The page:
I have a long list of illnesses (see it here). In 1995 when I was fifteen, I was diagnosed with ulcerative colitis (a disease of the large intestine), and I lived with it for seventeen years. In 2010, it spread and advanced to a severe diagnosis. I spent a year on a roller-coaster of intensive immunosuppressive drug therapies, only to end up requiring surgery to remove my large intestine and replace it with a j-pouch. After surviving three surgeries, I developed fibromyalgia, the most debilitating illness of all. (Read "The Spoon Theory" to understand more.) Below are the detailed accounts of my ups and downs on this journey.

Friday, December 28, 2012

Extended Hospital Stay

  ileus = blockage of the intestinal tract with absence of physical obstruction due to lack of propulsive action of the bowels  

Well here it is, sixteen days post-op, and I am still in the hospital.  There has been a lot of back and forth, but I think I am finally steadily headed in the right direction and will probably be going home soon.  Here is the scoop on the last week and a half since my last post...

After that bad episode with the ileus, they tried to put me on clear liquids and then full liquids again, and I had the same problem:  nothing passing through, excessive belching, bloated/distended belly, and eventually heartburn that turned into nausea that turned into spewing black-green digestive juices out both ends uncontrollably, easing up a bit by morning.  I think at that point I may have also been running a bit of a fever.  The vomiting was brief, but it was so violent (a LOT came out) that it strained my ab muscles, which caused me a significant amount of pain for the next couple days.  I was spent, sore, and starting to get into a "give up" mind-frame.  On Wednesday, the 19th, they did a chest X-ray (to check for chest infection) and a CT scan to try and figure out why my bowels were not functioning properly.

I had been resisting the NG tube this whole time because frankly, it just sounds awful: a tube up your nose, down your throat, and into your stomach.  And you can feel it there; it makes it difficult to talk or swallow.  The purpose of the NG tube, though, is to suck all the nasty digestive juices out of the stomach and upper small intestine that causes one to feel so sick and bring some relief and rest to the GI tract from having to try to pass and deal with all of it.  Other people on j-pouch.org who have had it said that although the tube itself is unpleasant, it brought instant releif from the symptoms, and my surgeon said that it could help resolve this ileus issue.  So when I could tell it was starting to happen again the next night, I told them to put the NG tube in before I started vomiting again.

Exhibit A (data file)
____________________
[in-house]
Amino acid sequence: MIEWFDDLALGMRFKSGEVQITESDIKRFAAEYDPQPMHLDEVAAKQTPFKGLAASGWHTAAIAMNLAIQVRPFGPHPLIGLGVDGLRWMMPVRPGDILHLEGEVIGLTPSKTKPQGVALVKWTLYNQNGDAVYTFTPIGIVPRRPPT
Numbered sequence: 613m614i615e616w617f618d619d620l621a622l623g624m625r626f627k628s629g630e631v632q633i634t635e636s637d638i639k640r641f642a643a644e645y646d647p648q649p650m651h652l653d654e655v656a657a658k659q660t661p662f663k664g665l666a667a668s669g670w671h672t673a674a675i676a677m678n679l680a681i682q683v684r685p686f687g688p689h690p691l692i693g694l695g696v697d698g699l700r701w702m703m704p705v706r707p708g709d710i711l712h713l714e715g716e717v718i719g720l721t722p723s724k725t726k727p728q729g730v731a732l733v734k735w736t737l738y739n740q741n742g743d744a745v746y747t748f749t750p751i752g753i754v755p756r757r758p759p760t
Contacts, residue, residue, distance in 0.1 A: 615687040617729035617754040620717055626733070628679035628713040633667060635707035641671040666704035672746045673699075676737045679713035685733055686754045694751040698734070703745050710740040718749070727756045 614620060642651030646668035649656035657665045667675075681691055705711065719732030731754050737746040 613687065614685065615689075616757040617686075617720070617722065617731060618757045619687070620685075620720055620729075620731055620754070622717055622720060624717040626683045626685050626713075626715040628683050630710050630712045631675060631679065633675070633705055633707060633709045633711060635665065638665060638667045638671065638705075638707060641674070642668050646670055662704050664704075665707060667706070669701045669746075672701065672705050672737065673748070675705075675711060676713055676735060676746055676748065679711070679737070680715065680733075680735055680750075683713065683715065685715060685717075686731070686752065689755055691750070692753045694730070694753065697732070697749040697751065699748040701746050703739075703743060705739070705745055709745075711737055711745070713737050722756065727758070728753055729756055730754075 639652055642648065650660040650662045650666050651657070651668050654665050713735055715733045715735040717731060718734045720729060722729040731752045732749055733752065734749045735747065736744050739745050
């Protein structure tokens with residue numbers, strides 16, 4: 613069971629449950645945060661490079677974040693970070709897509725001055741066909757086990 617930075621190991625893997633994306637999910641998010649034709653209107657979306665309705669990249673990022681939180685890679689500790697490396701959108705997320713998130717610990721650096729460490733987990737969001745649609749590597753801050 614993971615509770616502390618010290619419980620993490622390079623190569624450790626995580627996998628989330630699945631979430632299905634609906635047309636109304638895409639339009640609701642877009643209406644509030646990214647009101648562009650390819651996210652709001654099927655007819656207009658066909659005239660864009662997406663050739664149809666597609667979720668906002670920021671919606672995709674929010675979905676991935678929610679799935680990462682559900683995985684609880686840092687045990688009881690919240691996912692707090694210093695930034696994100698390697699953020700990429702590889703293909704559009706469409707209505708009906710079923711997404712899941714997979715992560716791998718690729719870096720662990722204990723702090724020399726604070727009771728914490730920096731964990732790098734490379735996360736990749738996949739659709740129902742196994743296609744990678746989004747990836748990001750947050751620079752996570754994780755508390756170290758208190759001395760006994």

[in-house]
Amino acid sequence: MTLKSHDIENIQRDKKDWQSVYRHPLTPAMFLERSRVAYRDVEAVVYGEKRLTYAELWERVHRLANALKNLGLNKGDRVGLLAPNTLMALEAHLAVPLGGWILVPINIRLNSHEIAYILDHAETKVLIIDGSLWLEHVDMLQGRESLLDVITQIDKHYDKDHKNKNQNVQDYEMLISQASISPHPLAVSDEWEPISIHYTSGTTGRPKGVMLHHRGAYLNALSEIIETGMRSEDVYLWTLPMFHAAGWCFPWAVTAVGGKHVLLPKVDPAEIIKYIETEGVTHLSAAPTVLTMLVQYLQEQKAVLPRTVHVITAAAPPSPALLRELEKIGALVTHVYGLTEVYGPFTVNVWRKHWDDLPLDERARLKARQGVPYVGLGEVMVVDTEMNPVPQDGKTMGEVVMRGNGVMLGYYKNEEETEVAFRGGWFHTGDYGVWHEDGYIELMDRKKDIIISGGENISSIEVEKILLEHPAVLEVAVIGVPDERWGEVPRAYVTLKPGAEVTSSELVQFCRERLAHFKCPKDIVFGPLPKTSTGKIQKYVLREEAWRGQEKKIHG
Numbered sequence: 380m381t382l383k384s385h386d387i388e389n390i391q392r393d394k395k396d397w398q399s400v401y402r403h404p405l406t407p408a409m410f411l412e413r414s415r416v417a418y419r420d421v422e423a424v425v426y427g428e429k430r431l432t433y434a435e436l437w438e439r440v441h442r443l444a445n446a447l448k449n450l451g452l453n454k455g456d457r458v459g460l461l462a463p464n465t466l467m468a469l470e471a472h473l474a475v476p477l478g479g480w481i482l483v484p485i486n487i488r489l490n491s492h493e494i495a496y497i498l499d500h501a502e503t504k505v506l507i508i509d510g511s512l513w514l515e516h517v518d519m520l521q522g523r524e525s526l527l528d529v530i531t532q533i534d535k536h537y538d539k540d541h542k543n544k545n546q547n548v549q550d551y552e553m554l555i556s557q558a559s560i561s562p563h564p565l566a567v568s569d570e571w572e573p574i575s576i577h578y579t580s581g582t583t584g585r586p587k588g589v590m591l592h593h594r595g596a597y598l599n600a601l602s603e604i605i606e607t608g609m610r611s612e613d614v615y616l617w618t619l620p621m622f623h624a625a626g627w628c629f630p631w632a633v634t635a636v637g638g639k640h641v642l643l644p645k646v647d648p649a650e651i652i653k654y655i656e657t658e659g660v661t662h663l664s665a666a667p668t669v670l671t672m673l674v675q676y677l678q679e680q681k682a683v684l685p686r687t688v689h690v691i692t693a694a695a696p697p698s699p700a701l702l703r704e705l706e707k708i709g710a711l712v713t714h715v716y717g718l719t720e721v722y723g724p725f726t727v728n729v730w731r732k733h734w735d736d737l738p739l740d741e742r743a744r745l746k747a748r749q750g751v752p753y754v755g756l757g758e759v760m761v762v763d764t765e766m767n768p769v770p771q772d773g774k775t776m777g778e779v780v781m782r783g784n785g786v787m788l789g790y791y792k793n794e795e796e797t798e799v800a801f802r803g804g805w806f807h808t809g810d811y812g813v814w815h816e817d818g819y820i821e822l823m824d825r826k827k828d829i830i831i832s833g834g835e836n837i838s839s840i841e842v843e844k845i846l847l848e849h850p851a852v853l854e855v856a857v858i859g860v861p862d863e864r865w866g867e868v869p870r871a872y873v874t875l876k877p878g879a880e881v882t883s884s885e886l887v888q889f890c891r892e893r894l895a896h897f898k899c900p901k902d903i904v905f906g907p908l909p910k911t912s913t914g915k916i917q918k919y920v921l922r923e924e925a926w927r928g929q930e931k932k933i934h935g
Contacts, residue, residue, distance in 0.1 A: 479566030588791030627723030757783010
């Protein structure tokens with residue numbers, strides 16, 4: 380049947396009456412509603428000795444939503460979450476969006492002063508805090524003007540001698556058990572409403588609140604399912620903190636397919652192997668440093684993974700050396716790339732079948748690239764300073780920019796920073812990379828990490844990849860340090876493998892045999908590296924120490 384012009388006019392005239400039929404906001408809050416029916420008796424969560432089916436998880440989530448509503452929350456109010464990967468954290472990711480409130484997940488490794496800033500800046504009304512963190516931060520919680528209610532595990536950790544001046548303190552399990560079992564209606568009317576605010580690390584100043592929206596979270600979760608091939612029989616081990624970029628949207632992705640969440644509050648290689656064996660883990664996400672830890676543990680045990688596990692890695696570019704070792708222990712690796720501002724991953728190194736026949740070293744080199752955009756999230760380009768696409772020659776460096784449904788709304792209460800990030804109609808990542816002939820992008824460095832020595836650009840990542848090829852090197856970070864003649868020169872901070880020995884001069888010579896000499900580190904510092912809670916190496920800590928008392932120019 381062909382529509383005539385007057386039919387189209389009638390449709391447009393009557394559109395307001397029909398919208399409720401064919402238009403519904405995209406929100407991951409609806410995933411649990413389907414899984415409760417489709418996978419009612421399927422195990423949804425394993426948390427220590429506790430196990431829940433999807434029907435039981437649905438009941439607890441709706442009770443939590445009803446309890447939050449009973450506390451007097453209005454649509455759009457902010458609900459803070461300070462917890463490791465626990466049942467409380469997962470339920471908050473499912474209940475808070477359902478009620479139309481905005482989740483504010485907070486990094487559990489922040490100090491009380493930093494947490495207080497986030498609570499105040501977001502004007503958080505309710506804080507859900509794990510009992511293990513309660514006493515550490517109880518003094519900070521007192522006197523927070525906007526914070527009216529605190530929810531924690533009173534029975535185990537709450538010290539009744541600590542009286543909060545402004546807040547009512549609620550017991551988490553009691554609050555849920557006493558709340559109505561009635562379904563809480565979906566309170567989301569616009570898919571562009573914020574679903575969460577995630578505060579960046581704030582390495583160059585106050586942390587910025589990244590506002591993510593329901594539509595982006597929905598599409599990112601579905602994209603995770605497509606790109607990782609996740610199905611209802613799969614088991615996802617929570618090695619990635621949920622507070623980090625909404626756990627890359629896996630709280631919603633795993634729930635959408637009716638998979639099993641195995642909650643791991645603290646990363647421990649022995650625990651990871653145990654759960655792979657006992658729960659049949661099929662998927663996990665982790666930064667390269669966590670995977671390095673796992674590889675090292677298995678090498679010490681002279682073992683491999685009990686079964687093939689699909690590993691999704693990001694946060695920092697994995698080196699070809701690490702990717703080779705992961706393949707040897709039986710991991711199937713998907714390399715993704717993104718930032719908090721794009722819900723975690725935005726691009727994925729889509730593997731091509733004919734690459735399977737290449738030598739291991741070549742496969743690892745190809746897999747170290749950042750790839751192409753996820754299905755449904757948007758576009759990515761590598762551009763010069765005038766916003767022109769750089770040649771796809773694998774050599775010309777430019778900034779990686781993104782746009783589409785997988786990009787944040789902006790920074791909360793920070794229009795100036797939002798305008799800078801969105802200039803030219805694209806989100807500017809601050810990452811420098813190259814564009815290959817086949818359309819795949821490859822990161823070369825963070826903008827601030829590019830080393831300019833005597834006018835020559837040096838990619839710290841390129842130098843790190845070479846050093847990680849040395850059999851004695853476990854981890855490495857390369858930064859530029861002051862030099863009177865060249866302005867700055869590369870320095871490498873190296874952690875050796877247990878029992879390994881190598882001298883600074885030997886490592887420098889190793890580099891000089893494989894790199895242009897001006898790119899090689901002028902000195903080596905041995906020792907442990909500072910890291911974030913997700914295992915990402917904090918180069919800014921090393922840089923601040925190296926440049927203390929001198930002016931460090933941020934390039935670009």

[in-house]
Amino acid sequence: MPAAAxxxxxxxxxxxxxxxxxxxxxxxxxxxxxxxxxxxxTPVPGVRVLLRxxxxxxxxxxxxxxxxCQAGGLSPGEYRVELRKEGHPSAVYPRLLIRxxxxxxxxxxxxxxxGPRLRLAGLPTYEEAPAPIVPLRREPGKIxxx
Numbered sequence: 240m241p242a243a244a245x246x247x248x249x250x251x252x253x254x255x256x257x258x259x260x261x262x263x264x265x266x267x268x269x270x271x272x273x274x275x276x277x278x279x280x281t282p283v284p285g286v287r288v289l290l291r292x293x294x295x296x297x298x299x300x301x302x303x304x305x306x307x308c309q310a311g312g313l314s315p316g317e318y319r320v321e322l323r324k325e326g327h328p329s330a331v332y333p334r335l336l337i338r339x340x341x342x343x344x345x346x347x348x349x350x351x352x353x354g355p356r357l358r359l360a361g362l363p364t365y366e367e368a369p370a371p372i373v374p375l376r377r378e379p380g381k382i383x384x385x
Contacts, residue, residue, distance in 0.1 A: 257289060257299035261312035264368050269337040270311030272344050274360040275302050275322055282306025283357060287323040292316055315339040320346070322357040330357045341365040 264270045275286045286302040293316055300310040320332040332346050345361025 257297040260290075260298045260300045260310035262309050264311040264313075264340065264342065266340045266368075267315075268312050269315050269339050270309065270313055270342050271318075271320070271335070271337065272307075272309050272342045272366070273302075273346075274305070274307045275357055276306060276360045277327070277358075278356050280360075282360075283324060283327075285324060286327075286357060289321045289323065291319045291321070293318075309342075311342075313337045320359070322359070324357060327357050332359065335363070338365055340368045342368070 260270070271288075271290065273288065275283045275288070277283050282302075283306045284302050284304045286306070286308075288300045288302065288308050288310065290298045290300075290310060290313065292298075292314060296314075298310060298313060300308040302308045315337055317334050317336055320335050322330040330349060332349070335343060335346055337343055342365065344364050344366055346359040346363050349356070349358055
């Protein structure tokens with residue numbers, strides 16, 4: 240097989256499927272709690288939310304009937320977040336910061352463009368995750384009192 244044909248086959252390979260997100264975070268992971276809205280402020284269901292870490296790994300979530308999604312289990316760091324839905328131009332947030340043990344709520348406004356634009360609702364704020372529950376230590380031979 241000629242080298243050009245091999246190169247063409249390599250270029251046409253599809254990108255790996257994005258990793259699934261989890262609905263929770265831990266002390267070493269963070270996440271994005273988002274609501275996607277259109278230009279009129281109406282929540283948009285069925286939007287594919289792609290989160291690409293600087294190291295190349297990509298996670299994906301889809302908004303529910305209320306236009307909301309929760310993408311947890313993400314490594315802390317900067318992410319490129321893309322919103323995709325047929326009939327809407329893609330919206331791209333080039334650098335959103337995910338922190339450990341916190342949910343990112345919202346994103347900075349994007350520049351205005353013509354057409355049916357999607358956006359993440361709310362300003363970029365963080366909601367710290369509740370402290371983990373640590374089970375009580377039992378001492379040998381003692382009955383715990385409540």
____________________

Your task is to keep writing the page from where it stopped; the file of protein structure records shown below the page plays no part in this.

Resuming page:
NG tube = no fun!!
I'm not going to go into excessive detail about my experience with the NG tube here because I believe I had a particularly bad experience that is very atypical, and I don't want to scare anyone off of using one themselves.  I think the main problem is that they chose a size of tube that was too big.  But basically it was extremely painful and traumatic going in (felt like it were breaking through some area of my nasal cavity that it shouldn't go - just felt wrong - but they busted through anyway); it was painful while it was in (couldn't talk or swallow, could feel it down my throat and in my belly all sore); and it was even more painful and traumatic coming out.  It got stuck in the same spot, and the nurse had to pull very hard (three times) to get it out my nose.  She is quite experienced with these things and says that NEVER happens - it usually just slides right out.  (In fact, I have heard from a few people who accidentally knocked them out or sneezed them out.)

I can tell you that there is not much that will take down my drive and positive attitude, but if anything could do it, it was my experience with the NG tube.  It broke my spirit.  Took the life out of me.  But it did its job and got the sickness out.  It was in and sucking nasty bile out of me for three days before it finally started running clear and was no longer needed.  It was removed at 2:00 AM on Sunday, so four and a half days ago.

My PICC line: an IV line that goes up my arm and into my
chest near my heart to most effectively deliver the multitude
of meds and nutrition I'm getting pumped into me.
I was very happy to have the tube out, but after that traumatic experience, my heart rate was elevated, and my body spiked a bit of a fever again (101.5), which had me feeling pretty awful, but it died down to 99.5 pretty quickly and stayed there for a day or so.  The following morning my white blood count was elevated, and the doctors noticed a build-up of fluid in my abdomen on my last CT scan.  So before I could progress with diet or anything else, they had to get to the root of what appeared to be an infection of some sort.  The solution for this was to insert a drainage tube into my abdomen to drain the excess fluid and start me on antibiotics.  The antibiotics I could care less about: sure, I have an infection - throw 'em in the mix.  The drianage tube, on the other hand, I was not at all looking forward to.  But it was unavoidable; they had to get the fluid out because it wasn't absorbing on its own.

The plethora of meds and nutrition running
 into me via the PICC line.  The number
of bags goes up and down throughout the day.